North Carolina Ports completes turning basin expansion at Wilmington port

9 August 2016 (Last Updated August 9th, 2016 18:30)

North Carolina Ports has completed the expansion of its turning basin at the Port of Wilmington, US, under the port’s ongoing infrastructure investment plan.

North Carolina Ports has completed the expansion of its turning basin at the Port of Wilmington, US, under the port’s ongoing infrastructure investment plan.

The expansion has enabled the port to house post-Panamax vessels with a length of 1,150ft and a breadth of 158ft, as well as vessels in an 8,000 to 10,000 twenty-foot equivalent unit (TEU) range.

As part of the expansion, an existing bulk pier and dredging along the port’s side of the Cape Fear River have been eliminated in order to enlarge the turning basin from 1,200ft to 1,400ft.   

"We are big-ship ready and we will continue to handle these larger vessels deployed to the US Southeast."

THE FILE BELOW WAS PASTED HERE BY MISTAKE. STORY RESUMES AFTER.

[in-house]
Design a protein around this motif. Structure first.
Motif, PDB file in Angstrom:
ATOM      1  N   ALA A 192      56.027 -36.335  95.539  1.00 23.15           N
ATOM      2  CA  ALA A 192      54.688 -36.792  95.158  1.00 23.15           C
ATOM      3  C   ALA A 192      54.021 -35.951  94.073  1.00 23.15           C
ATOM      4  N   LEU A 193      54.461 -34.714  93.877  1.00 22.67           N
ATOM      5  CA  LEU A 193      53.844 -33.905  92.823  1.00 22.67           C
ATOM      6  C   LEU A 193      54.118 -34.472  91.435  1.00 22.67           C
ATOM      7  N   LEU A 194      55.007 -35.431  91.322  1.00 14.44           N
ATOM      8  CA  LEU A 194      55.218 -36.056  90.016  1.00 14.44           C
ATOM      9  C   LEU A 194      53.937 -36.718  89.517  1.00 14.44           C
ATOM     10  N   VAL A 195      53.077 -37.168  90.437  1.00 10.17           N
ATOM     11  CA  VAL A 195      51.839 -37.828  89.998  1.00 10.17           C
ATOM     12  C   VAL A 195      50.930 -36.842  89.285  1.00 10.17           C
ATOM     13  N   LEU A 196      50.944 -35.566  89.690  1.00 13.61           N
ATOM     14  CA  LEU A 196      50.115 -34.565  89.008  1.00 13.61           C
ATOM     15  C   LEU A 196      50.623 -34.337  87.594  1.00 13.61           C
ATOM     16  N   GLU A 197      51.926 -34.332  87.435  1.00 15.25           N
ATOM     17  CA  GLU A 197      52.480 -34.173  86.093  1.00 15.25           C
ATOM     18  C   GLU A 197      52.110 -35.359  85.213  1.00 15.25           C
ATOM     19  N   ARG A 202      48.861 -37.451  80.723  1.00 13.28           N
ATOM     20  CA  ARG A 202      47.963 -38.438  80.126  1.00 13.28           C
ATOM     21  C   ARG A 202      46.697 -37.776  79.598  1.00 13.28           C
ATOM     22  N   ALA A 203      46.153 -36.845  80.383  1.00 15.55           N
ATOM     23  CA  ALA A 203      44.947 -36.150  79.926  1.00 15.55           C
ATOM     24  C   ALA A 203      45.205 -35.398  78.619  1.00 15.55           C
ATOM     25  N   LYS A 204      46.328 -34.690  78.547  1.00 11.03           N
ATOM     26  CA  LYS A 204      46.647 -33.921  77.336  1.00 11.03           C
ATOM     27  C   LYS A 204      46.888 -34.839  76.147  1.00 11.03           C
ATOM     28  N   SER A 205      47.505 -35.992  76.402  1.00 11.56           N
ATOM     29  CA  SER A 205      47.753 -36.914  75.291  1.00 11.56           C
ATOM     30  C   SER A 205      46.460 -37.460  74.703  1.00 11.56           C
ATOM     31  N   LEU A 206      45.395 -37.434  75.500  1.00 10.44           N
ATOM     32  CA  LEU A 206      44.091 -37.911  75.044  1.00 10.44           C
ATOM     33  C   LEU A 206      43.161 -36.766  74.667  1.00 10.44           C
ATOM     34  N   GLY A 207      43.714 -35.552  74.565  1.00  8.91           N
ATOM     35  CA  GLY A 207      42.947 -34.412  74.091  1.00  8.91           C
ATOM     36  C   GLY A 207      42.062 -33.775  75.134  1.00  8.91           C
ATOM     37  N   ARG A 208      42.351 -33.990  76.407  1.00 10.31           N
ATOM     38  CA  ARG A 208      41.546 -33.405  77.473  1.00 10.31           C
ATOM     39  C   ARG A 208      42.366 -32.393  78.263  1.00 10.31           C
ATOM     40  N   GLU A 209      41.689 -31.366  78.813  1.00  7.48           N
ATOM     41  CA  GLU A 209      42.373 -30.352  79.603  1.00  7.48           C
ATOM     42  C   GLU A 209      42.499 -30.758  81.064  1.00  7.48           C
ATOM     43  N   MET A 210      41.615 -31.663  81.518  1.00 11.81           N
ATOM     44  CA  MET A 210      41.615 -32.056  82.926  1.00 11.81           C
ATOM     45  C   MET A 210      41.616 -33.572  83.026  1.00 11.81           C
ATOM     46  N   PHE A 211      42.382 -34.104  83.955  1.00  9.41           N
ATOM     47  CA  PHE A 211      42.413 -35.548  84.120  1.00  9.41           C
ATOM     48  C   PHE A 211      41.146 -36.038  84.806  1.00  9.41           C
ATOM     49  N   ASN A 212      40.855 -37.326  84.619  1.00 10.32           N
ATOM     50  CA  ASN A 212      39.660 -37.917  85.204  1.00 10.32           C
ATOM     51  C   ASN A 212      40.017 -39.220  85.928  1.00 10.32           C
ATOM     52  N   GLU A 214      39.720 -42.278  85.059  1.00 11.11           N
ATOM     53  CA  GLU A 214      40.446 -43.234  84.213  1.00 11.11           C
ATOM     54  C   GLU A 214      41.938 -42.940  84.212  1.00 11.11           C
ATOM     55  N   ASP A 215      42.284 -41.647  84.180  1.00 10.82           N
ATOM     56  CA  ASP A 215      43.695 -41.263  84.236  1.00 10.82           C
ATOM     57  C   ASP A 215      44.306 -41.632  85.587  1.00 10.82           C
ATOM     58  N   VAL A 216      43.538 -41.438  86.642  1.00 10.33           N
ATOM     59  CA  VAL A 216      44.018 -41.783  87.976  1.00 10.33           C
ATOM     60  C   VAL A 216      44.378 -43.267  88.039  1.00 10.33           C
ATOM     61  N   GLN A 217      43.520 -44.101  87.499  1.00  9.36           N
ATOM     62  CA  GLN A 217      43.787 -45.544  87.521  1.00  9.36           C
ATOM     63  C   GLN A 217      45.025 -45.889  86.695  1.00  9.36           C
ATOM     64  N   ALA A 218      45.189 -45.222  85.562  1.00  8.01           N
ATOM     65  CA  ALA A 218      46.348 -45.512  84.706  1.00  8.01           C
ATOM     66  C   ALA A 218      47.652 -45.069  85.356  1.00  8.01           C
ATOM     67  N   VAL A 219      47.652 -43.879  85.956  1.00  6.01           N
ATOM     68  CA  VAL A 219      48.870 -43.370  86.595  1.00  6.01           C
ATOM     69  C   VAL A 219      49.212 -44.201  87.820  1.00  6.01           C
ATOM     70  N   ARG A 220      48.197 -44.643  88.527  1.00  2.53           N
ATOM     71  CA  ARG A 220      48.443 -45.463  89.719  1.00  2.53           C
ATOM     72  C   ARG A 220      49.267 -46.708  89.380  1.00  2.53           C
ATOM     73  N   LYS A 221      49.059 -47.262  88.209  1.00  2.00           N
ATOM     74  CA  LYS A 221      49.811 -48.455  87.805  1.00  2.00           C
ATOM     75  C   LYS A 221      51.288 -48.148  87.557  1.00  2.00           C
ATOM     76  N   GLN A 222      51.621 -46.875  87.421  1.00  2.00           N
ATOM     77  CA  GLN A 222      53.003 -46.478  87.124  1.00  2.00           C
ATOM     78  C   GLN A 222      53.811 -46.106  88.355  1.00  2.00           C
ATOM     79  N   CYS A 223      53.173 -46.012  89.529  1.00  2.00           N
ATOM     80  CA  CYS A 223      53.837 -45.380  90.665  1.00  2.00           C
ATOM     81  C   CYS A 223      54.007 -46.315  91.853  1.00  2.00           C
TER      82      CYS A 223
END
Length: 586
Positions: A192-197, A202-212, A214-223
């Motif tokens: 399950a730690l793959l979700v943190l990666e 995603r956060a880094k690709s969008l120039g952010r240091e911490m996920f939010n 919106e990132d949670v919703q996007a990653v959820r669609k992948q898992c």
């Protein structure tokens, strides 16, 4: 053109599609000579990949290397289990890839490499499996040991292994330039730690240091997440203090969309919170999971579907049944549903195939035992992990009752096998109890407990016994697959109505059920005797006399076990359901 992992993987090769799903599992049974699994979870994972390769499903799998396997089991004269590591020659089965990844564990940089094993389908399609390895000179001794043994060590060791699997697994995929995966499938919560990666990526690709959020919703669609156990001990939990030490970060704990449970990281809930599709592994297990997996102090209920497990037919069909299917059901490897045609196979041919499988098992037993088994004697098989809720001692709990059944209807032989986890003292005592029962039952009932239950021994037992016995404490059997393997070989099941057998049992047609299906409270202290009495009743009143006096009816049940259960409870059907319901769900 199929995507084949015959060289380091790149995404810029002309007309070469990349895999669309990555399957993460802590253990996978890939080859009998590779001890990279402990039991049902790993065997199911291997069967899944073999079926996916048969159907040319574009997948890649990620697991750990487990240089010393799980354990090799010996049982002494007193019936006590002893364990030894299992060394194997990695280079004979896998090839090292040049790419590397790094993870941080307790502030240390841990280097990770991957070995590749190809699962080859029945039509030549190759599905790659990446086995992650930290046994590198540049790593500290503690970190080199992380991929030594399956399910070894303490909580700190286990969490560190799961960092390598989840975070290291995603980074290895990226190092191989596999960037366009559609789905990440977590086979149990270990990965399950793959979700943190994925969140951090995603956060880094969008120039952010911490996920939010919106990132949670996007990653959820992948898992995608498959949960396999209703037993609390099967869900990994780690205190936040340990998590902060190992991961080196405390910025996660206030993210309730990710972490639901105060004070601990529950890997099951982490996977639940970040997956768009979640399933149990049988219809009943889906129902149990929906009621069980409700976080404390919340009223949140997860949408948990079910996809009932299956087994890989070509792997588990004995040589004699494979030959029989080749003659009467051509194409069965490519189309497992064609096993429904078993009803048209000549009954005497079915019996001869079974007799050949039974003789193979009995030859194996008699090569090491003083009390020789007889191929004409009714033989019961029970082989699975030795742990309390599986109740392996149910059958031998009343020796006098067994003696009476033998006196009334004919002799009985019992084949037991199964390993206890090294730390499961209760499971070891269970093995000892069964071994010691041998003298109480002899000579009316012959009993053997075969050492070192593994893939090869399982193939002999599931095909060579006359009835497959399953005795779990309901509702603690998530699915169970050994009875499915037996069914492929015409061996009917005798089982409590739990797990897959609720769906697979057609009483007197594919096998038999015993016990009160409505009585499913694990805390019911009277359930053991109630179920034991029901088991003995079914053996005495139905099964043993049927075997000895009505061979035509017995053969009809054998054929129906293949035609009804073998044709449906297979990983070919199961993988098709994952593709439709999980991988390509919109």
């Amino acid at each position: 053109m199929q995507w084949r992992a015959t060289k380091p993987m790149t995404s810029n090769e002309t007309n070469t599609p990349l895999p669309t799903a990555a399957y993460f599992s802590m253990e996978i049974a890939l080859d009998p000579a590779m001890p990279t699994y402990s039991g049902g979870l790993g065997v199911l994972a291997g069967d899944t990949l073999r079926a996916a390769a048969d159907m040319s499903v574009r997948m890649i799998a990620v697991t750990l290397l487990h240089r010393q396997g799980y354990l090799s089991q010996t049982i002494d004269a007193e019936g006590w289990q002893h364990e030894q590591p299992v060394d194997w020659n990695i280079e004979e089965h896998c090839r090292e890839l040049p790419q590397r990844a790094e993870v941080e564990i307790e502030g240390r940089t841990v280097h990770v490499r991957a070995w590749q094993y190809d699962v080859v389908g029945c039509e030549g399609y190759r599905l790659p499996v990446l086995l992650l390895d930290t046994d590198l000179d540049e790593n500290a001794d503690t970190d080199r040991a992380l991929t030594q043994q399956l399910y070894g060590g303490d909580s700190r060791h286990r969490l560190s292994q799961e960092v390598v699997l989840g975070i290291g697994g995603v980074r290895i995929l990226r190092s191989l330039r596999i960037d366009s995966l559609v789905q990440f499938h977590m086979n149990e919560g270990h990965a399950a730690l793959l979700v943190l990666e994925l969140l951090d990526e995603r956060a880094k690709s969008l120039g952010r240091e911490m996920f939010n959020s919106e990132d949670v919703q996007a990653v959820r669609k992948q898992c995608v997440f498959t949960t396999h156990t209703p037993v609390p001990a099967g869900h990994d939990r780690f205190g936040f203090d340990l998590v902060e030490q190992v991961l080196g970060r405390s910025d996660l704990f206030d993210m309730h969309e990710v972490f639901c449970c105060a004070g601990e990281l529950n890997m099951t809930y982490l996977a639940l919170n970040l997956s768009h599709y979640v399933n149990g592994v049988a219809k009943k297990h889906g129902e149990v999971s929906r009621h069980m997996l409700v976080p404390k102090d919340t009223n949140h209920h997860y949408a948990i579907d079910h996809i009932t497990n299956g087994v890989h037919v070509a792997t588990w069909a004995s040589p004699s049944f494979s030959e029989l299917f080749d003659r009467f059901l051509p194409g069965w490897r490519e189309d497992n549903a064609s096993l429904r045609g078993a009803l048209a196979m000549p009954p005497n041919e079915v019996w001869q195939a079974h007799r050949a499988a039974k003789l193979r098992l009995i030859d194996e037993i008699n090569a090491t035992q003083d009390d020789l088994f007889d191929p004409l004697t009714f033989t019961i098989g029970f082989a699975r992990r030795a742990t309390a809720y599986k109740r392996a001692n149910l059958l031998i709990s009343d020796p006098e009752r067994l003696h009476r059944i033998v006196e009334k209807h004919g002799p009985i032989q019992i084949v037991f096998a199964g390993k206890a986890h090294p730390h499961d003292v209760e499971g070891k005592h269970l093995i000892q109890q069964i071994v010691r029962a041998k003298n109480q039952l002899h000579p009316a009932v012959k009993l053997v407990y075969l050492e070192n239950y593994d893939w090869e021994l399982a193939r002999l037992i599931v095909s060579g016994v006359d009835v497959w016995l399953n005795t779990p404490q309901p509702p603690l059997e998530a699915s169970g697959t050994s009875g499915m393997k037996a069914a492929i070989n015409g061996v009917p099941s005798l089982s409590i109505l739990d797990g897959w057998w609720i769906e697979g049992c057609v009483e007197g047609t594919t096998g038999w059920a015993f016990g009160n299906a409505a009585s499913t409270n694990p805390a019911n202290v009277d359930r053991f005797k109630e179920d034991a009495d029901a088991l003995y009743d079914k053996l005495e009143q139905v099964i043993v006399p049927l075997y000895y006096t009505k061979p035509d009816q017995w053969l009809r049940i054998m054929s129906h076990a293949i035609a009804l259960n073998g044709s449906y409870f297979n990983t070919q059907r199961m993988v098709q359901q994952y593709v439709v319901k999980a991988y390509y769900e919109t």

North Carolina Ports chief commercial officer Greg Fennell said: “This is a commitment of support to our existing and future customers.

“We are making the necessary investments, we are big-ship ready and we will continue to handle these larger vessels deployed to the US Southeast.”

Following the expansion, the Port of Wilmington received its first large vessel Yang-Ming Unity, which utilised the expanded turning basin.

Measuring 1,101ft in length and 140ft in width, the vessel carried around 8,200 TEUs of capacity.

North Carolina Ports currently handles 45 net crane moves per hour in each of its post-Panamax cranes, along with average truck turn times of 18 minutes for a single move and 30 minutes for a dual move.

Part of North Carolina governor Pat McCrory’s 25-year vision for the state, the expansion of North Carolina Ports includes providing access for the Panamax vessels, expanding access to the ports inland by developing intermodal train service at the Port of Wilmington.

The expansion also includes exploring opportunities to develop intermodal facilities along the I-95 corridor to improve the movement of goods through North Carolina and along the East Coast.